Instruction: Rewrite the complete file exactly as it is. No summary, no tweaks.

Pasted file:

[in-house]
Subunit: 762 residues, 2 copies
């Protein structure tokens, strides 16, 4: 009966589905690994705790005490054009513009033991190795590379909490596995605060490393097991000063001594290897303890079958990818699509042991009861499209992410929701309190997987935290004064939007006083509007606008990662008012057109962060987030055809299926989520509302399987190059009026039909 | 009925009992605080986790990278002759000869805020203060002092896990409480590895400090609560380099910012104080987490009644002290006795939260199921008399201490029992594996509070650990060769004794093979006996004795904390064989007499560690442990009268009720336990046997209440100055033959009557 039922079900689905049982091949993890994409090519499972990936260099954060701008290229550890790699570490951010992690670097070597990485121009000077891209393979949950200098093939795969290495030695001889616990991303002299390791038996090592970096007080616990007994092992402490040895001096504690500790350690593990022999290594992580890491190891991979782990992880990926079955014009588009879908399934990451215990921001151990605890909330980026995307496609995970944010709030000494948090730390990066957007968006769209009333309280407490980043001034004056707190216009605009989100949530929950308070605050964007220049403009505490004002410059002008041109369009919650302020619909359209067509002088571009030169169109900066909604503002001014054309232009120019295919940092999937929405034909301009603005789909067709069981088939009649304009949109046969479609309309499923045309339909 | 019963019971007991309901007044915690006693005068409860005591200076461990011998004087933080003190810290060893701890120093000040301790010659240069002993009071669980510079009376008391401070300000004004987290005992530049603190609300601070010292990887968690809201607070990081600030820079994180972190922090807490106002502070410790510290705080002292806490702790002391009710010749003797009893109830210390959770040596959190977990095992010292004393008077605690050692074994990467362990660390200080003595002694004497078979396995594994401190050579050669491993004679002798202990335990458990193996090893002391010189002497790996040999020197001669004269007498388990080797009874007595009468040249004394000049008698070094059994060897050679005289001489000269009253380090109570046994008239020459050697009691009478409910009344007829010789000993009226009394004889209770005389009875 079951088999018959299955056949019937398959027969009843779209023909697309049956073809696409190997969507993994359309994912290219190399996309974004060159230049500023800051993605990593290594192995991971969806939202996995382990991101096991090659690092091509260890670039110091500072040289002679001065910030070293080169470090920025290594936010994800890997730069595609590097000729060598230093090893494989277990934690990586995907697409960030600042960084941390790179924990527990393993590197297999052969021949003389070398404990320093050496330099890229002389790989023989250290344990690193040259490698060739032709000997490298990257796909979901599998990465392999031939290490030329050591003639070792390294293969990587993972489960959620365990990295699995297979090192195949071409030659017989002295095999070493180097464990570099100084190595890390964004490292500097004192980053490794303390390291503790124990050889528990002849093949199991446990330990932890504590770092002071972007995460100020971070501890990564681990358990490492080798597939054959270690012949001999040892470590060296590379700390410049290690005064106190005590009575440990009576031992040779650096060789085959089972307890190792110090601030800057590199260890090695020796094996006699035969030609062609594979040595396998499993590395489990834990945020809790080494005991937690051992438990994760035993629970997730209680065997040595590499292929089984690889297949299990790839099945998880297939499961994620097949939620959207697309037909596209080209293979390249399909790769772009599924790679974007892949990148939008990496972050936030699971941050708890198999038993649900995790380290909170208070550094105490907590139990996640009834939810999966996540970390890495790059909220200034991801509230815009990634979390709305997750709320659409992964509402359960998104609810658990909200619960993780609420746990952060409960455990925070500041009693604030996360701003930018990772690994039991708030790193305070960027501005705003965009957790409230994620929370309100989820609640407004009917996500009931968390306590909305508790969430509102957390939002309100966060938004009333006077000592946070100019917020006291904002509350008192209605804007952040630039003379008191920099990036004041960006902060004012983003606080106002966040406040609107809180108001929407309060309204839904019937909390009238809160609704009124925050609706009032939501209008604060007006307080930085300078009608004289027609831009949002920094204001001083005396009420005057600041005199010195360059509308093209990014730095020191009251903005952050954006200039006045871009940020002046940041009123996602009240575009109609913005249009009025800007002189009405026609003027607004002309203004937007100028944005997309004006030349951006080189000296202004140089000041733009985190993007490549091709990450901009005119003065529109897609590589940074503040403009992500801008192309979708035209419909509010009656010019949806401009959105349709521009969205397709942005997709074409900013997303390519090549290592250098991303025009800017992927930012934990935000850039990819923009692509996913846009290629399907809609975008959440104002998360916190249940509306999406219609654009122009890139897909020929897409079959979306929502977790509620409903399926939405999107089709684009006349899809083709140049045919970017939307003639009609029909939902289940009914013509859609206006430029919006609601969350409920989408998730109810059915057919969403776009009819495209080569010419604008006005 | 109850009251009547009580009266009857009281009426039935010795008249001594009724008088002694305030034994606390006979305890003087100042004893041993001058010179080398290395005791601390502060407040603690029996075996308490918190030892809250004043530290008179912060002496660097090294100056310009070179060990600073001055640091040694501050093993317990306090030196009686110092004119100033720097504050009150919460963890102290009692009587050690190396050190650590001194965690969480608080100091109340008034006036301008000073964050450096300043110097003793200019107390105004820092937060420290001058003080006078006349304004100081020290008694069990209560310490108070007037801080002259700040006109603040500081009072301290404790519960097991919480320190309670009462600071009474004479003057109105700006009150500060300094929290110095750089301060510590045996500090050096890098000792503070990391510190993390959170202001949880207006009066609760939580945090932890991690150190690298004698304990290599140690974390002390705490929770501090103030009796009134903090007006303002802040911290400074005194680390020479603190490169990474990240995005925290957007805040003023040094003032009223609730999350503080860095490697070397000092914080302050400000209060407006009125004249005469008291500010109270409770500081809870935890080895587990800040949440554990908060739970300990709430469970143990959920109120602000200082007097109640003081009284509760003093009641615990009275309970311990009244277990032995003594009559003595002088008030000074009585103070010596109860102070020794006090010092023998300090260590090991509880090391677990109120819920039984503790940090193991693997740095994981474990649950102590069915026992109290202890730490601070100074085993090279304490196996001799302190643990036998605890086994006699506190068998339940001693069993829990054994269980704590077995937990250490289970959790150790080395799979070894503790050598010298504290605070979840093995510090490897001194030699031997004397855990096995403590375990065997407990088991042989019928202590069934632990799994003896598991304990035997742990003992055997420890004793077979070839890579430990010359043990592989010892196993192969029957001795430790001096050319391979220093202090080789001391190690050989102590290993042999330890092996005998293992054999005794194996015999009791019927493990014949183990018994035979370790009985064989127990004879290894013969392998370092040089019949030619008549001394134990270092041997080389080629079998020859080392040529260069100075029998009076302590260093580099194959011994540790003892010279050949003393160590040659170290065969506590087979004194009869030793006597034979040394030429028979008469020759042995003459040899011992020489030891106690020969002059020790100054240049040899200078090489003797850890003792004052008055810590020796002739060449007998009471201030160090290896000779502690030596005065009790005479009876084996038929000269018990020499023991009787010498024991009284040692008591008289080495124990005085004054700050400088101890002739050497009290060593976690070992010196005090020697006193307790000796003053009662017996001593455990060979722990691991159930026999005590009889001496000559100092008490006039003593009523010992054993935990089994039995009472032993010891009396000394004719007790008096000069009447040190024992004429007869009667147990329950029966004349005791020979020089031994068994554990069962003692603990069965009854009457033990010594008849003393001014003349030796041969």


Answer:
[in-house]
Subunit: 762 residues, 2 copies
């Protein structure tokens, strides 16, 4: 009966589905690994705790005490054009513009033991190795590379909490596995605060490393097991000063001594290897303890079958990818699509042991009861499209992410929701309190997987935290004064939007006083509007606008990662008012057109962060987030055809299926989520509302399987190059009026039909 | 009925009992605080986790990278002759000869805020203060002092896990409480590895400090609560380099910012104080987490009644002290006795939260199921008399201490029992594996509070650990060769004794093979006996004795904390064989007499560690442990009268009720336990046997209440100055033959009557 039922079900689905049982091949993890994409090519499972990936260099954060701008290229550890790699570490951010992690670097070597990485121009000077891209393979949950200098093939795969290495030695001889616990991303002299390791038996090592970096007080616990007994092992402490040895001096504690500790350690593990022999290594992580890491190891991979782990992880990926079955014009588009879908399934990451215990921001151990605890909330980026995307496609995970944010709030000494948090730390990066957007968006769209009333309280407490980043001034004056707190216009605009989100949530929950308070605050964007220049403009505490004002410059002008041109369009919650302020619909359209067509002088571009030169169109900066909604503002001014054309232009120019295919940092999937929405034909301009603005789909067709069981088939009649304009949109046969479609309309499923045309339909 | 019963019971007991309901007044915690006693005068409860005591200076461990011998004087933080003190810290060893701890120093000040301790010659240069002993009071669980510079009376008391401070300000004004987290005992530049603190609300601070010292990887968690809201607070990081600030820079994180972190922090807490106002502070410790510290705080002292806490702790002391009710010749003797009893109830210390959770040596959190977990095992010292004393008077605690050692074994990467362990660390200080003595002694004497078979396995594994401190050579050669491993004679002798202990335990458990193996090893002391010189002497790996040999020197001669004269007498388990080797009874007595009468040249004394000049008698070094059994060897050679005289001489000269009253380090109570046994008239020459050697009691009478409910009344007829010789000993009226009394004889209770005389009875 079951088999018959299955056949019937398959027969009843779209023909697309049956073809696409190997969507993994359309994912290219190399996309974004060159230049500023800051993605990593290594192995991971969806939202996995382990991101096991090659690092091509260890670039110091500072040289002679001065910030070293080169470090920025290594936010994800890997730069595609590097000729060598230093090893494989277990934690990586995907697409960030600042960084941390790179924990527990393993590197297999052969021949003389070398404990320093050496330099890229002389790989023989250290344990690193040259490698060739032709000997490298990257796909979901599998990465392999031939290490030329050591003639070792390294293969990587993972489960959620365990990295699995297979090192195949071409030659017989002295095999070493180097464990570099100084190595890390964004490292500097004192980053490794303390390291503790124990050889528990002849093949199991446990330990932890504590770092002071972007995460100020971070501890990564681990358990490492080798597939054959270690012949001999040892470590060296590379700390410049290690005064106190005590009575440990009576031992040779650096060789085959089972307890190792110090601030800057590199260890090695020796094996006699035969030609062609594979040595396998499993590395489990834990945020809790080494005991937690051992438990994760035993629970997730209680065997040595590499292929089984690889297949299990790839099945998880297939499961994620097949939620959207697309037909596209080209293979390249399909790769772009599924790679974007892949990148939008990496972050936030699971941050708890198999038993649900995790380290909170208070550094105490907590139990996640009834939810999966996540970390890495790059909220200034991801509230815009990634979390709305997750709320659409992964509402359960998104609810658990909200619960993780609420746990952060409960455990925070500041009693604030996360701003930018990772690994039991708030790193305070960027501005705003965009957790409230994620929370309100989820609640407004009917996500009931968390306590909305508790969430509102957390939002309100966060938004009333006077000592946070100019917020006291904002509350008192209605804007952040630039003379008191920099990036004041960006902060004012983003606080106002966040406040609107809180108001929407309060309204839904019937909390009238809160609704009124925050609706009032939501209008604060007006307080930085300078009608004289027609831009949002920094204001001083005396009420005057600041005199010195360059509308093209990014730095020191009251903005952050954006200039006045871009940020002046940041009123996602009240575009109609913005249009009025800007002189009405026609003027607004002309203004937007100028944005997309004006030349951006080189000296202004140089000041733009985190993007490549091709990450901009005119003065529109897609590589940074503040403009992500801008192309979708035209419909509010009656010019949806401009959105349709521009969205397709942005997709074409900013997303390519090549290592250098991303025009800017992927930012934990935000850039990819923009692509996913846009290629399907809609975008959440104002998360916190249940509306999406219609654009122009890139897909020929897409079959979306929502977790509620409903399926939405999107089709684009006349899809083709140049045919970017939307003639009609029909939902289940009914013509859609206006430029919006609601969350409920989408998730109810059915057919969403776009009819495209080569010419604008006005 | 109850009251009547009580009266009857009281009426039935010795008249001594009724008088002694305030034994606390006979305890003087100042004893041993001058010179080398290395005791601390502060407040603690029996075996308490918190030892809250004043530290008179912060002496660097090294100056310009070179060990600073001055640091040694501050093993317990306090030196009686110092004119100033720097504050009150919460963890102290009692009587050690190396050190650590001194965690969480608080100091109340008034006036301008000073964050450096300043110097003793200019107390105004820092937060420290001058003080006078006349304004100081020290008694069990209560310490108070007037801080002259700040006109603040500081009072301290404790519960097991919480320190309670009462600071009474004479003057109105700006009150500060300094929290110095750089301060510590045996500090050096890098000792503070990391510190993390959170202001949880207006009066609760939580945090932890991690150190690298004698304990290599140690974390002390705490929770501090103030009796009134903090007006303002802040911290400074005194680390020479603190490169990474990240995005925290957007805040003023040094003032009223609730999350503080860095490697070397000092914080302050400000209060407006009125004249005469008291500010109270409770500081809870935890080895587990800040949440554990908060739970300990709430469970143990959920109120602000200082007097109640003081009284509760003093009641615990009275309970311990009244277990032995003594009559003595002088008030000074009585103070010596109860102070020794006090010092023998300090260590090991509880090391677990109120819920039984503790940090193991693997740095994981474990649950102590069915026992109290202890730490601070100074085993090279304490196996001799302190643990036998605890086994006699506190068998339940001693069993829990054994269980704590077995937990250490289970959790150790080395799979070894503790050598010298504290605070979840093995510090490897001194030699031997004397855990096995403590375990065997407990088991042989019928202590069934632990799994003896598991304990035997742990003992055997420890004793077979070839890579430990010359043990592989010892196993192969029957001795430790001096050319391979220093202090080789001391190690050989102590290993042999330890092996005998293992054999005794194996015999009791019927493990014949183990018994035979370790009985064989127990004879290894013969392998370092040089019949030619008549001394134990270092041997080389080629079998020859080392040529260069100075029998009076302590260093580099194959011994540790003892010279050949003393160590040659170290065969506590087979004194009869030793006597034979040394030429028979008469020759042995003459040899011992020489030891106690020969002059020790100054240049040899200078090489003797850890003792004052008055810590020796002739060449007998009471201030160090290896000779502690030596005065009790005479009876084996038929000269018990020499023991009787010498024991009284040692008591008289080495124990005085004054700050400088101890002739050497009290060593976690070992010196005090020697006193307790000796003053009662017996001593455990060979722990691991159930026999005590009889001496000559100092008490006039003593009523010992054993935990089994039995009472032993010891009396000394004719007790008096000069009447040190024992004429007869009667147990329950029966004349005791020979020089031994068994554990069962003692603990069965009854009457033990010594008849003393001014003349030796041969």